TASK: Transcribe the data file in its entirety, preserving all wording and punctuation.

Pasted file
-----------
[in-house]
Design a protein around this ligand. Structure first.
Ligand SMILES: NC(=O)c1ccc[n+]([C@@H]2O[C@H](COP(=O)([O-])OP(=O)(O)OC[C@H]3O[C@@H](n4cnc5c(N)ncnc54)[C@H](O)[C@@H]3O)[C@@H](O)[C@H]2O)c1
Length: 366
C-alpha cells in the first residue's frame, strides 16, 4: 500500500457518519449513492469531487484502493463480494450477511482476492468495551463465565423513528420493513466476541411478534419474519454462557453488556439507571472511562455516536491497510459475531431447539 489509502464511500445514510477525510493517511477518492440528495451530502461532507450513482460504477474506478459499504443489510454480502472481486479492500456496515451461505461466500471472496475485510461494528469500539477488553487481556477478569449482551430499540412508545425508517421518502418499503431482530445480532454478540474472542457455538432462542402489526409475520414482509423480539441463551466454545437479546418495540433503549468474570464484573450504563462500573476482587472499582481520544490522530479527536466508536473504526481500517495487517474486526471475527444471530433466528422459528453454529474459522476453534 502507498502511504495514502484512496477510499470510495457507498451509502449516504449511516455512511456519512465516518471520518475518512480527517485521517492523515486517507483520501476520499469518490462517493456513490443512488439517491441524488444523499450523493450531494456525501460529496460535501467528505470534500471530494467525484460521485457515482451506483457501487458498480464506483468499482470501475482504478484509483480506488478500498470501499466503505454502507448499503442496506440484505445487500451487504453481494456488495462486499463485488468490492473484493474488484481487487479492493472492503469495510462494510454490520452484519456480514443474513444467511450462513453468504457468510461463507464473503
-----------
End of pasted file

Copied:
[in-house]
Design a protein around this ligand. Structure first.
Ligand SMILES: NC(=O)c1ccc[n+]([C@@H]2O[C@H](COP(=O)([O-])OP(=O)(O)OC[C@H]3O[C@@H](n4cnc5c(N)ncnc54)[C@H](O)[C@@H]3O)[C@@H](O)[C@H]2O)c1
Length: 366
C-alpha cells in the first residue's frame, strides 16, 4: 500500500457518519449513492469531487484502493463480494450477511482476492468495551463465565423513528420493513466476541411478534419474519454462557453488556439507571472511562455516536491497510459475531431447539 489509502464511500445514510477525510493517511477518492440528495451530502461532507450513482460504477474506478459499504443489510454480502472481486479492500456496515451461505461466500471472496475485510461494528469500539477488553487481556477478569449482551430499540412508545425508517421518502418499503431482530445480532454478540474472542457455538432462542402489526409475520414482509423480539441463551466454545437479546418495540433503549468474570464484573450504563462500573476482587472499582481520544490522530479527536466508536473504526481500517495487517474486526471475527444471530433466528422459528453454529474459522476453534 502507498502511504495514502484512496477510499470510495457507498451509502449516504449511516455512511456519512465516518471520518475518512480527517485521517492523515486517507483520501476520499469518490462517493456513490443512488439517491441524488444523499450523493450531494456525501460529496460535501467528505470534500471530494467525484460521485457515482451506483457501487458498480464506483468499482470501475482504478484509483480506488478500498470501499466503505454502507448499503442496506440484505445487500451487504453481494456488495462486499463485488468490492473484493474488484481487487479492493472492503469495510462494510454490520452484519456480514443474513444467511450462513453468504457468510461463507464473503